The New York Times today runs a shameless butt-kiss piece on Sheryl Sandberg, Chief Operating Officer of Facebook. Contrary to the thesis of the NYT, which is that Sandberg is somehow a new sort of feminist as well as a “self-made” (a word used twice in the story) business genius, Sandberg might actually be even more odious than either Facebook or its CEO Mark Zuckerberg, both heavyweight champeens in the field of being hard to take.
According to the story, Sandberg considers it her mission to deny the impact of social structure and political policy on women. “[I]n her view,” the Times reporter explains, women “must take responsibility for their careers and not blame men for holding them back.”
Ms. Sandberg sees herself as more than an executive at one of the hottest companies around — more, too, than someone who will soon rank among the few self-made billionaires who are women. She sees herself as a role model for women in business and technology. In speeches, she often urges women to “keep your foot on the gas pedal,” and to aim high.
And, as she engages in such trite talk about “men” and fails to mention social class or the backward state of U.S. family welfare programs, exactly how self-made is Ms. Sandberg?
According to her 2004 NYT wedding announcement, “She is a daughter of Adele and Joel Sandberg of Miami. The bride’s father, an ophthalmologist, is a partner in Eye Surgery Associates, a group practice in Hollywood, Fla.”
Well, there you have it. Aren’t those the same basic conditions facing all little girls? Daddy’s a surgeon and I’m prepping for Harvard — I refuse to slip and have to go to FSU! And baseball starts at third base, right?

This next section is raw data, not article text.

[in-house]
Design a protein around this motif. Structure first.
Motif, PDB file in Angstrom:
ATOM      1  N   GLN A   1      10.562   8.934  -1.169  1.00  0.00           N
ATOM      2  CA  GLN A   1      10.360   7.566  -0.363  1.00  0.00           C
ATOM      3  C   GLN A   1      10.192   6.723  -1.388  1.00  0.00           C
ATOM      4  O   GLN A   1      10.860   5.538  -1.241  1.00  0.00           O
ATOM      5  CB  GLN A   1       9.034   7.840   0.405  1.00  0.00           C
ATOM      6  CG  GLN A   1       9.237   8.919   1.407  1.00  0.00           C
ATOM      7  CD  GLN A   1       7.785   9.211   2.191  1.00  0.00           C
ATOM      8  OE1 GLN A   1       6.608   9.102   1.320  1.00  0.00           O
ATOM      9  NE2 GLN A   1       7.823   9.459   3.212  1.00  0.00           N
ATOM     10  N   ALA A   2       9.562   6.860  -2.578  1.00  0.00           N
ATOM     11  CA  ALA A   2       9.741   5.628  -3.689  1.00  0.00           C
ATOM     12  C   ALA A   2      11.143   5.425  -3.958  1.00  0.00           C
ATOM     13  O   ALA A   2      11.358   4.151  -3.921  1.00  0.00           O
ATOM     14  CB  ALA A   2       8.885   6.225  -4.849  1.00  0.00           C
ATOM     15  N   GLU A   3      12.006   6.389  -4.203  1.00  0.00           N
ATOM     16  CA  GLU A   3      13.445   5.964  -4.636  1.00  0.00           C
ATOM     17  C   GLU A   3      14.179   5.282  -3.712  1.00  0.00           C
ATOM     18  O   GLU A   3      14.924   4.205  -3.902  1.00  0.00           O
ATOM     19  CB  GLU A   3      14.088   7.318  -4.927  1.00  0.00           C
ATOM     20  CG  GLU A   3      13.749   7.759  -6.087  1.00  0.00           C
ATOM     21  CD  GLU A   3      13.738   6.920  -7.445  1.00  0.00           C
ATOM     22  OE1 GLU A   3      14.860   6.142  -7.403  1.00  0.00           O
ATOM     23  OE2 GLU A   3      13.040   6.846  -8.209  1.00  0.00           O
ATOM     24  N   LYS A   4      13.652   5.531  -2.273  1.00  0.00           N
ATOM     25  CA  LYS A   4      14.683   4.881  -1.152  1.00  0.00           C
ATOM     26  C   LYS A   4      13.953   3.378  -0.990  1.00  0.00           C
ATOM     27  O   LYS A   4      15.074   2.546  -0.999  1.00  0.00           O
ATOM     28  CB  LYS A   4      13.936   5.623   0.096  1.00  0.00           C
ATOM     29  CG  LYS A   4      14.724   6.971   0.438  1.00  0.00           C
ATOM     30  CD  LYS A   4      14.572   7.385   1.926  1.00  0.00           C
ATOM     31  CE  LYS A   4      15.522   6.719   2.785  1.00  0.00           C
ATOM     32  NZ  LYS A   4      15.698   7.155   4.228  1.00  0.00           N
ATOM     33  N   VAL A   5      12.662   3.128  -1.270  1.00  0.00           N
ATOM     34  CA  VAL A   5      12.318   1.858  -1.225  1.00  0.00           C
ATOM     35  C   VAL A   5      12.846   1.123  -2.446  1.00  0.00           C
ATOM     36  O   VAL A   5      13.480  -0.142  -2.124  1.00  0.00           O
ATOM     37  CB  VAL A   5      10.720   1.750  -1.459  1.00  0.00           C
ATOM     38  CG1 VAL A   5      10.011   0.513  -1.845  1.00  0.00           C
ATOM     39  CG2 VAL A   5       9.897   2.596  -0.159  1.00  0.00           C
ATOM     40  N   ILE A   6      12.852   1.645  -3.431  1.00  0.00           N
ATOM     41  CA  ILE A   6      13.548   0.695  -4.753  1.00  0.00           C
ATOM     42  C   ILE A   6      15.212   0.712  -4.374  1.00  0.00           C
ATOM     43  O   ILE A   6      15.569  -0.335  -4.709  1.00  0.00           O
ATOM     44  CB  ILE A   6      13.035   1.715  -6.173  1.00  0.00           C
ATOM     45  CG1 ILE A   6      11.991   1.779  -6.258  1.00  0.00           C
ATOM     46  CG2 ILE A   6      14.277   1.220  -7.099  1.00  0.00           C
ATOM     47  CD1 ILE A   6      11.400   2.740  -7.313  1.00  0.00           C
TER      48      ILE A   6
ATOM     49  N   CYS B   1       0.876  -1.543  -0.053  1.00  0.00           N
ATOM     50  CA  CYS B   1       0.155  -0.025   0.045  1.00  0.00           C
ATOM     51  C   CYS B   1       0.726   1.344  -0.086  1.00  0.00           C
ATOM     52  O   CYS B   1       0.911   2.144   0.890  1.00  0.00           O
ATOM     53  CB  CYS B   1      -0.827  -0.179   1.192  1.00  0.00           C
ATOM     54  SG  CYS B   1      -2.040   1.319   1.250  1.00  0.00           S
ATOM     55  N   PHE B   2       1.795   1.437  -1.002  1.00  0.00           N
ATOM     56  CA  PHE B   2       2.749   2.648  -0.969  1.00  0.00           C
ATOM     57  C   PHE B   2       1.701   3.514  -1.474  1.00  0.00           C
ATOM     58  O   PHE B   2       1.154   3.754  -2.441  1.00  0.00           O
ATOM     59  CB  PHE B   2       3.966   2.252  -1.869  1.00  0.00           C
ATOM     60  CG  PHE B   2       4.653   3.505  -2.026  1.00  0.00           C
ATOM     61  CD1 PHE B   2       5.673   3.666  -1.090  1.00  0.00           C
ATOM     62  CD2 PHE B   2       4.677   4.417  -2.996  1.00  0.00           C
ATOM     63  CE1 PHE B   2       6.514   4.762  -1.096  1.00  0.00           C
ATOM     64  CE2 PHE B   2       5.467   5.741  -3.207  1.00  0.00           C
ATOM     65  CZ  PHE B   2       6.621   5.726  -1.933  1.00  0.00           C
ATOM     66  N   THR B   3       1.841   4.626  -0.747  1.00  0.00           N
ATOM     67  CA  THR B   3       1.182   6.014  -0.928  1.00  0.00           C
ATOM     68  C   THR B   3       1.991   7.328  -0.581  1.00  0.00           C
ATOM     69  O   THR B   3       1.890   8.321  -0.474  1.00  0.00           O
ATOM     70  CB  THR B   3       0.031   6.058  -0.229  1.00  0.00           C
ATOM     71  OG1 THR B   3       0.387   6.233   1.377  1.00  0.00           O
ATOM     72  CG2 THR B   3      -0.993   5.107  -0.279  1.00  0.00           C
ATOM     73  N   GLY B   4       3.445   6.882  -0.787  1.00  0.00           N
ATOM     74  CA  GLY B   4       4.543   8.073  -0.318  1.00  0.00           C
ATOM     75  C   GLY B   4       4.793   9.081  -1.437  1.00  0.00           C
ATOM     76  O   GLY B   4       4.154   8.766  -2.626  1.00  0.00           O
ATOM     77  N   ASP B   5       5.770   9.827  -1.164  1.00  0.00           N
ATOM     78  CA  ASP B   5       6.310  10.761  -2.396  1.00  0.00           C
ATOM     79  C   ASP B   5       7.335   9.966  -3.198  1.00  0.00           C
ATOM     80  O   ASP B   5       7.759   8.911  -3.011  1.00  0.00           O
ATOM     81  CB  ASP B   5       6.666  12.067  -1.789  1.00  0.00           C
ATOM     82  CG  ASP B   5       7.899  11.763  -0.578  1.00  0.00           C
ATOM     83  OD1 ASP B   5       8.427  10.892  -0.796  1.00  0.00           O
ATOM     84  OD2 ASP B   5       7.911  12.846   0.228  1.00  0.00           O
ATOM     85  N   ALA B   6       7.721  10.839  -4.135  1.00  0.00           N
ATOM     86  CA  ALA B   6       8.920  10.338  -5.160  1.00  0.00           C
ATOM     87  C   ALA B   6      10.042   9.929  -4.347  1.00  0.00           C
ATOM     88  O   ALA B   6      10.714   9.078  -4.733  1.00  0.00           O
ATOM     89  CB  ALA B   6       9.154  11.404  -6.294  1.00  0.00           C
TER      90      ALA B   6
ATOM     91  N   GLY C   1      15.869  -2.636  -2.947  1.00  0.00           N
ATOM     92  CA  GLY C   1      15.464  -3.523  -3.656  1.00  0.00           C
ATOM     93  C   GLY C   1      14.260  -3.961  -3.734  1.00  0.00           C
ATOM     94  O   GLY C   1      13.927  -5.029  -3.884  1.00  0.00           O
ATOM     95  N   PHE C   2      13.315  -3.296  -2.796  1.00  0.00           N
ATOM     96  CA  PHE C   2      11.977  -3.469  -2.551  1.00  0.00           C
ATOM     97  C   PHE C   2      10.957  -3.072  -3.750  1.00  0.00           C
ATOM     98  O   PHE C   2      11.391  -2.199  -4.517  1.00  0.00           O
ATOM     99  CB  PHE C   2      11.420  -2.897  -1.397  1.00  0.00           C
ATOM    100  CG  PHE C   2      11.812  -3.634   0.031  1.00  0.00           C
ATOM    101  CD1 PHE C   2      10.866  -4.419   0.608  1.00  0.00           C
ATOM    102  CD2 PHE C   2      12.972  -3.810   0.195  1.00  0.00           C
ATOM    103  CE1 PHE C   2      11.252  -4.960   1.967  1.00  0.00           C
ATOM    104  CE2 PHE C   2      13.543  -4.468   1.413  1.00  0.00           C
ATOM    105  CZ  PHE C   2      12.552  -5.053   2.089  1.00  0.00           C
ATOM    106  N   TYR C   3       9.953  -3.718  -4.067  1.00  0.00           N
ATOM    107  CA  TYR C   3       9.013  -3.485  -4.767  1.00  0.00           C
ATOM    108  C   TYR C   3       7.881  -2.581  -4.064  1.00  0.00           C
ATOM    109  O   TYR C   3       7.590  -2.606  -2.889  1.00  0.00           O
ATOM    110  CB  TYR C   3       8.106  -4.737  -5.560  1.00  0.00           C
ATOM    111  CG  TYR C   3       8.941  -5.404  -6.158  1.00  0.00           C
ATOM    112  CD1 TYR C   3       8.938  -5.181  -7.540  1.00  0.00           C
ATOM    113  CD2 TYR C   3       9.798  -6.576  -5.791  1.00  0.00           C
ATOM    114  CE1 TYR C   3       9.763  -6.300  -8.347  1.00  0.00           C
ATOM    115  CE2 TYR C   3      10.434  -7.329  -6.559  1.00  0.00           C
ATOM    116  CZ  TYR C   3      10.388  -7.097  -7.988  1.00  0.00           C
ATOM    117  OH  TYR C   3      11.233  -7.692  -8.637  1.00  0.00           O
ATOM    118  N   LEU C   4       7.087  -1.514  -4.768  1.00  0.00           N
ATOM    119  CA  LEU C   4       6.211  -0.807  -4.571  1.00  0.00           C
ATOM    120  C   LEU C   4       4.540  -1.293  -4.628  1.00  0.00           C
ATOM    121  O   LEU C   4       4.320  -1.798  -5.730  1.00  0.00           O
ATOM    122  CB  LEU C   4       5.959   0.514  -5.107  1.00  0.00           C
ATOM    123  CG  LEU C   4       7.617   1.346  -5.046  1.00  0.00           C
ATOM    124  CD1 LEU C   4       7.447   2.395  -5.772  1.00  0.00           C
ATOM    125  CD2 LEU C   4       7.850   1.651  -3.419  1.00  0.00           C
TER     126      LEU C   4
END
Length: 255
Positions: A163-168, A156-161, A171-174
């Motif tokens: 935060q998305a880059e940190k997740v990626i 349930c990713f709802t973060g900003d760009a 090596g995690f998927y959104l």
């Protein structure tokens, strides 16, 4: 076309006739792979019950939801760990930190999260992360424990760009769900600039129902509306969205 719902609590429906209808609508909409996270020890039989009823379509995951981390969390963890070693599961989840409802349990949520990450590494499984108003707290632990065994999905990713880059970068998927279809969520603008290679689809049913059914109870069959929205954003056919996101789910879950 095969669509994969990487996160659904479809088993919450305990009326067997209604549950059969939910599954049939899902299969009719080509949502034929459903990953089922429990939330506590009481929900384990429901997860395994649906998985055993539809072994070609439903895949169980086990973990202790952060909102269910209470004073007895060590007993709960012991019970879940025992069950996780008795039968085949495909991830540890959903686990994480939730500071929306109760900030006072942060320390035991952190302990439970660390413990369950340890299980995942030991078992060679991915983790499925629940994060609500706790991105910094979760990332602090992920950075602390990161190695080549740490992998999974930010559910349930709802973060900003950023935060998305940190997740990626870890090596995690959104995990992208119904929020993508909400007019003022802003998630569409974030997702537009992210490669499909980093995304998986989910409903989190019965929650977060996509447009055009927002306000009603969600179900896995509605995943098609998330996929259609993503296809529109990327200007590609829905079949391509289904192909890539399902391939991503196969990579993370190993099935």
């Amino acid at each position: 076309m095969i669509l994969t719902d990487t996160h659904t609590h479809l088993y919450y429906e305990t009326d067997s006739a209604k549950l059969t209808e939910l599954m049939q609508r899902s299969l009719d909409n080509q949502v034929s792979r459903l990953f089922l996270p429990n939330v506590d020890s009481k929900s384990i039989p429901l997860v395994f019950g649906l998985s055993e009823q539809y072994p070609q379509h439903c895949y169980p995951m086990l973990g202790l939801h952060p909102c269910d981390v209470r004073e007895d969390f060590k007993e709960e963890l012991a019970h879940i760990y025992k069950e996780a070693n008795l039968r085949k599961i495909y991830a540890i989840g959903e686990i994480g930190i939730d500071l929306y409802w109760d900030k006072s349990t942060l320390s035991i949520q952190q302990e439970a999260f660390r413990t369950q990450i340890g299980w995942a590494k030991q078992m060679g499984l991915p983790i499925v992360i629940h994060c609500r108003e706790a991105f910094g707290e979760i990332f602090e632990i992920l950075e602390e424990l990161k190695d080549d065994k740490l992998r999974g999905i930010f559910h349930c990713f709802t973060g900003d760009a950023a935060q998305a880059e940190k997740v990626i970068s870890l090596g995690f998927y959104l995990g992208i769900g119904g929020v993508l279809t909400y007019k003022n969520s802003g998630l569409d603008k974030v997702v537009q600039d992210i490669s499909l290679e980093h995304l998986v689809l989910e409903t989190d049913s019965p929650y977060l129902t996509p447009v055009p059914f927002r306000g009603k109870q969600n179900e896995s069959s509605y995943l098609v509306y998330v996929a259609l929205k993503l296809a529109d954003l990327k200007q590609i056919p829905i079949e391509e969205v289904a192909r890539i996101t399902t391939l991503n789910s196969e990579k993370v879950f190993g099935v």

And is Sandberg spending her every hour trying to turn Facebook’s billions into better services, as her creepy CEO would have you presume? Um, unless you’re a major Procter & Gamble shareholder, not quite:
Part of Ms. Sandberg’s role has been to cultivate relationships with large advertisers seeking new ways to engage with customers — particularly female ones — online. She was instrumental in signing up advertisers like Procter & Gamble. After several meetings with Facebook, Procter chose the platform for a new Secret deodorant campaign aimed at young women.
“P.& G. wants to be where the people are, and more and more people are spending their time on social sites,” says Alex Tosolini, vice president of Procter’s global e-business unit. “The purpose of our Secret campaign was to inspire women of all ages to be more fearless.”
It’s a message that sounds similar to Ms. Sandberg’s. And it bumped domestic sales of Secret deodorant by 9 percent in the first six months of the campaign and raised Secret’s market share by 5 percent from the period a year earlier.
Glory, glory hallelujah! What great times we live in!